Old House Music

When I was a boy there was an old player piano in the parlor of the “old house,” but I never heard it play.  I’m sure that over the last 130 years or so, however, music has sometimes been made in that room.

But I’m pretty sure the Collection brought a lot of firsts to the parlor.  My attempt to make a video of them playing was a fail.  But here a few photos I snapped.

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And here is a much better one, taken by David and posted on their facebook page.

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It was fun having them here and a thrill to hear the old place filled with music.  We’re looking forward to hearing the new record.

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13 comments on “Old House Music

  1. Bob Braxton says:

    Our team has returned from two weeks (Njoro, Kenya) where early on I made it into YouTube from Milele Nairobi guest house. Nakuru County is a very fertile agricultural area, in huge contrast to the “bush” subsistence Kibwezi area we have gone to from 1980 first time.

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  2. claire says:

    sounds like you had a ‘blast’, Bill; i’m curious, what happened to the old piano player? Our small town recently had a visitor from Kenya who was born in the ‘bush.’

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    • Bill says:

      My uncle took it to try to restore it. He is retired and loves woodworking. He had a lot of the old music rolls and was going to try to get it working again. I’m not sure if he was able to or not.

      I had a brilliant philosophy professor who was born and grew up in the Kenyan bush. He went on to get several post-graduate degrees and speaks several languages.

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  3. shoreacres says:

    The photos are great, and clearly the experience was, too. But you know what caught my eye? The fact that you say they’re making a new “record”. That’s a word that’s rarely heard any more, except in those areas where vinyl’s making a comeback. I used “record player” the other day and got a look of blank incomprehension.

    On the other hand, I was reading about the administration’s request for warrantless searches of cell phones, and in the discussion of the relevant case, the author mentioned that, after all, the reasoning made some sense because the phone owner was using a “primitive flip phone”. I use a flip phone. Hmmmmm….. I feel just slightly like a bush native myself. 😉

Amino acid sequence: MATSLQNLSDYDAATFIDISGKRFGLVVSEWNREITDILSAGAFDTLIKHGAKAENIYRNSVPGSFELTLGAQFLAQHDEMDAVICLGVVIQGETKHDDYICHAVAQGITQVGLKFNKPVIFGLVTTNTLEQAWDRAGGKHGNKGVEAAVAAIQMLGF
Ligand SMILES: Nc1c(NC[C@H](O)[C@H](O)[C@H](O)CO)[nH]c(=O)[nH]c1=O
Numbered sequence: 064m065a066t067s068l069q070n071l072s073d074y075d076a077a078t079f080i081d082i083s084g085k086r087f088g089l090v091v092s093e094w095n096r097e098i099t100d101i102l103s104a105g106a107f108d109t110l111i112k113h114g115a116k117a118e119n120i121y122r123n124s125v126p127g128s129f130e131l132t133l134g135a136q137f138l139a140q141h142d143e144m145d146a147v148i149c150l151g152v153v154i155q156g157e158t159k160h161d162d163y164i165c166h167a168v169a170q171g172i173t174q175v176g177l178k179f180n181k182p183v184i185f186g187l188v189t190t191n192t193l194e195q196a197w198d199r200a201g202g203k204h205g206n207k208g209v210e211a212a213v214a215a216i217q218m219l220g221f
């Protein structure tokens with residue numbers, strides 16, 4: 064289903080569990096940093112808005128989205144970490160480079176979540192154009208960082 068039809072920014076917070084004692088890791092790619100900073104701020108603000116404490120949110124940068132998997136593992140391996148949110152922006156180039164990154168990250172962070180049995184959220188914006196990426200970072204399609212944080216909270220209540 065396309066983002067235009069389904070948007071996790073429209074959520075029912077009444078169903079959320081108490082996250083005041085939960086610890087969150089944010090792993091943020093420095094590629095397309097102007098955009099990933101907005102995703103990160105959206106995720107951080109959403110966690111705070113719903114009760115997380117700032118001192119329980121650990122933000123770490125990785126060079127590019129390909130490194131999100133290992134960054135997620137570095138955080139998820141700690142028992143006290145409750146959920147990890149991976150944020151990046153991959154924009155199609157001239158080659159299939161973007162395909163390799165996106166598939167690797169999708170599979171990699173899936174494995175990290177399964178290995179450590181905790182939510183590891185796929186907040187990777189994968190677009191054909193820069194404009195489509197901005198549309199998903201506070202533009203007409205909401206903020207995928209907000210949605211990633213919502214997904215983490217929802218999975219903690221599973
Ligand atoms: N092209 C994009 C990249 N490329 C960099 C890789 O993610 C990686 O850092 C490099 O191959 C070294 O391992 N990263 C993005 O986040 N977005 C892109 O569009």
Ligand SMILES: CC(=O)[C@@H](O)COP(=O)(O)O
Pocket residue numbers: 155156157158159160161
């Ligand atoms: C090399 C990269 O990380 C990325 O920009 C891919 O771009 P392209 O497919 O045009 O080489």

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    • Bill says:

      When CDs came out I tried to stop using the word “record” but eventually went back to it. After all, it’s just a short way of saying “recording.”

      I only recently learned that there is increasing interest in vinyl records. I got rid of mine years ago. Most of them I transferred to cassette tapes, only to have those become obsolete.

      When we were taking my daughter to college once we stopped somewhere for breakfast. I laid my phone on the table. The waiter saw it and said something like, “Wow. I haven’t seen one of those in a long time.” I kept it till the keys didn’t work.

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  4. El Guapo says:

    In the second to last picture, is that a Rain Stick?
    My first thought was didgeridoo, but it’s a little short for that…

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    • Bill says:

      I have no idea. It was new to me. He is actually the lead guitarist, but these folks incorporate lots of instruments into their music. Note the other picture where he’s wearing a banjo and playing a flute.

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  5. Farmgirl says:

    A house full of music! Nothing better!

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  6. Deb Weyrich-Cody says:

    So, how did it turn out, Bill? The recording, I mean. It’s a great mix of eclectic instruments.
    And yes, I think that is a RainStick, in answer to El Guapo (although, at first glance, it did look like he was playing a didgeridoo; )

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    • Bill says:

      Their album Airs Moriendi (by the Collection) came out last year. It is a beautiful record. And our farm is mentioned in the liner notes (a first for us). 🙂

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